Review by Adam Harangozó
Stepping into the exhibition, it’s immediately evident why it is called Critical Spaces. It is in a small room, and all the exhibited items are visible from the entrance. In its resemblance to a warehouse, there is a feeling of almost post-apocalyptic desolation. But in Outpost it’s not the actual spaces that are important, rather the extended or shortened, and fictional ones, created by the exhibited items. Slovakian and Hungarian artists interpret the critical spaces of their region.
From the outside Stealth – First Form 3 by Péter Tamás Halász and Gyula Domián looks like a stealth aircraft made of polyethylene foil, but inside the living space with pillows and blanket shows that it is in fact a homeless shelter. The possible interpretations are created by the oppositions of the work: dissonances of inside and outside, material and function. One method of maintaining the illusion of advance is to turn a blind eye on the serious social problems – to set them to stealth mode. Huge amounts of money are spent using high-technology to cover problems, under which there is the disillusioning, low-tech reality. The installation almost cuts the exhibition space in half, making sure that the act of being stealth can only be seen as ironic.
Péter Tamás Halász’s Light Tent is a metaphor for technical advance. We see two frames on the wall, two fluorescent tubes in each, and mirrors behind them. The tubes are extended by the mirror in an angle that creates a semicircular shape resembling a tent. It is a mirror of our society: we are surrounding ourselves with electronic assets, and we begun to use them to seclude ourselves from each other. Advance becomes cyclic; society is cut to individual pieces, everyone hiding in their own high-tech tent.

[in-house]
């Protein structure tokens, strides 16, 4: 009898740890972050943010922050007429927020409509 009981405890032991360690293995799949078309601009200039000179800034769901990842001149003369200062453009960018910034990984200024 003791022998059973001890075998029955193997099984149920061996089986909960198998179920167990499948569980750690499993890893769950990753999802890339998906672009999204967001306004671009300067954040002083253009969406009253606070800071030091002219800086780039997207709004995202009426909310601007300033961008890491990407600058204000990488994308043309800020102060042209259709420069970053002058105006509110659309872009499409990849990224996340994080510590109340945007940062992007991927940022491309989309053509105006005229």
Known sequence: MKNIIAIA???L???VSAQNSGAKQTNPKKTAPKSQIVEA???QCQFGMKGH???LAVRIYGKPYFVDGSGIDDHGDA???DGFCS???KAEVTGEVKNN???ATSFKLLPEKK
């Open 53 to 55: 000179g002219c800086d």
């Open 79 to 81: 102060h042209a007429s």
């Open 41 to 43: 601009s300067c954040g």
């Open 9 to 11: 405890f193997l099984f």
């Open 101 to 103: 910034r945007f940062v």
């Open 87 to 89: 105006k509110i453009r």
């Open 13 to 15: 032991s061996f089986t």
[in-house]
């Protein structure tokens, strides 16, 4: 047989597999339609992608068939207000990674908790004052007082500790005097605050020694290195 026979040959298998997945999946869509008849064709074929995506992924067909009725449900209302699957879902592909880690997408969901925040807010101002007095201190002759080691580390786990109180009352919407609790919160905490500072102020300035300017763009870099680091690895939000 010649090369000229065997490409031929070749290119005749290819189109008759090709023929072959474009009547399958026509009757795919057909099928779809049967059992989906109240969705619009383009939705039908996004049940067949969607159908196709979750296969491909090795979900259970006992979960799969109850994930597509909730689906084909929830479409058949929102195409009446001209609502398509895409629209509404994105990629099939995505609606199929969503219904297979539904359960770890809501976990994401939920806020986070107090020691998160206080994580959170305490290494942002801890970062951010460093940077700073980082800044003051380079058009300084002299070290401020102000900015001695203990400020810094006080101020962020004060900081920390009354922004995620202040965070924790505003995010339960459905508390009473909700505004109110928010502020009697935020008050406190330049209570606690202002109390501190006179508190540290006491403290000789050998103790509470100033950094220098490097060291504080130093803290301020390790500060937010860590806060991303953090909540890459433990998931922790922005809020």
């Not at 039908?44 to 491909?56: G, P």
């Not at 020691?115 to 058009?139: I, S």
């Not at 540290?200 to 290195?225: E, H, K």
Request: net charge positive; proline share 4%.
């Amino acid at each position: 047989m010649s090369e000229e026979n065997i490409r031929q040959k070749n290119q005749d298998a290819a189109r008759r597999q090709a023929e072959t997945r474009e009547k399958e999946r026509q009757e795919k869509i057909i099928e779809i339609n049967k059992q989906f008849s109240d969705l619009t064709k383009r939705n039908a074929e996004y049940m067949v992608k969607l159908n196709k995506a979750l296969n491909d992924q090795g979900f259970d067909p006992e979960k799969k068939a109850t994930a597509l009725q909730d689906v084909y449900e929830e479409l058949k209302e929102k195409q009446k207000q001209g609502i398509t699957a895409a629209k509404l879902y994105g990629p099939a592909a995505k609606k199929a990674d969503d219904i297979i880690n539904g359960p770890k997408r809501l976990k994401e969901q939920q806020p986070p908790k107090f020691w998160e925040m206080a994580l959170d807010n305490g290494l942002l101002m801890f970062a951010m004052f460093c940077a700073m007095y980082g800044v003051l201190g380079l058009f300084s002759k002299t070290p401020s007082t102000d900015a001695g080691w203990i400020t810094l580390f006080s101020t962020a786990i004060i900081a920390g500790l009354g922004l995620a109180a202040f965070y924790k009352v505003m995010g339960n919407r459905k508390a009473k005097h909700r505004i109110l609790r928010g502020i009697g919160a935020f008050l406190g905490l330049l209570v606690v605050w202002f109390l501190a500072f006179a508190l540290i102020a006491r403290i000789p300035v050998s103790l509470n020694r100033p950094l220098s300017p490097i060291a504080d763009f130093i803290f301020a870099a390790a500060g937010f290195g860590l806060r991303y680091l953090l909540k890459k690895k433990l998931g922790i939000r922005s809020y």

A corner of the room is separated by Tomáš Džadoň’s Super Flat. It is the front wall of a wooden house with an entrance leading to a small inner space. But this space is illusory: if someone steps through the door, the bricks of wood in the wall turn automatically inside out, the inner space becomes the outside of the house, thus entering becomes impossible; the concept of private space becomes meaningless. Being constantly on the outside exposed to possible surveillance is strongly reminiscent of a socialist atmosphere. Not only space, but the mere possibility of space is illusion: instead of real wood, the wall is made of polyurethane beams, as if it only would be a part of theatrical scenery.
Untitled by Ádám Kokesch builds upon the tension between real and fictional worlds. The installation is covered by a red wooden shell; the viewer has to bend down to get under it, an alienating effect. Under the shell there is a clear abstract, Mondrianlike ambiance. Besides the geometrical shapes, there is a small box illuminated from behind. Inside we can see a picture of a sunlit, spacious room of a house. Looking though this little hole, we can see another world, free of abstractions, not sheltered – as if in the effort of protecting our private, abstract notions, we are losing connection with the freedom of space.
In Outpost we see a composite of fictional spaces creating a loose atmosphere which we could call the post-socialist identity of Central European countries – but as with Critical Spaces, maybe this identity is also artistically constructed.
Outpost – Critical Spaces continues until 23 April at
Trafo House of Contemporary Arts, Budapest. For more information visit Trafo.
Image: Pavla Sceranková: Nyitva Zárva / Open Closed, video, 2008
Courtesty Trafo and the artist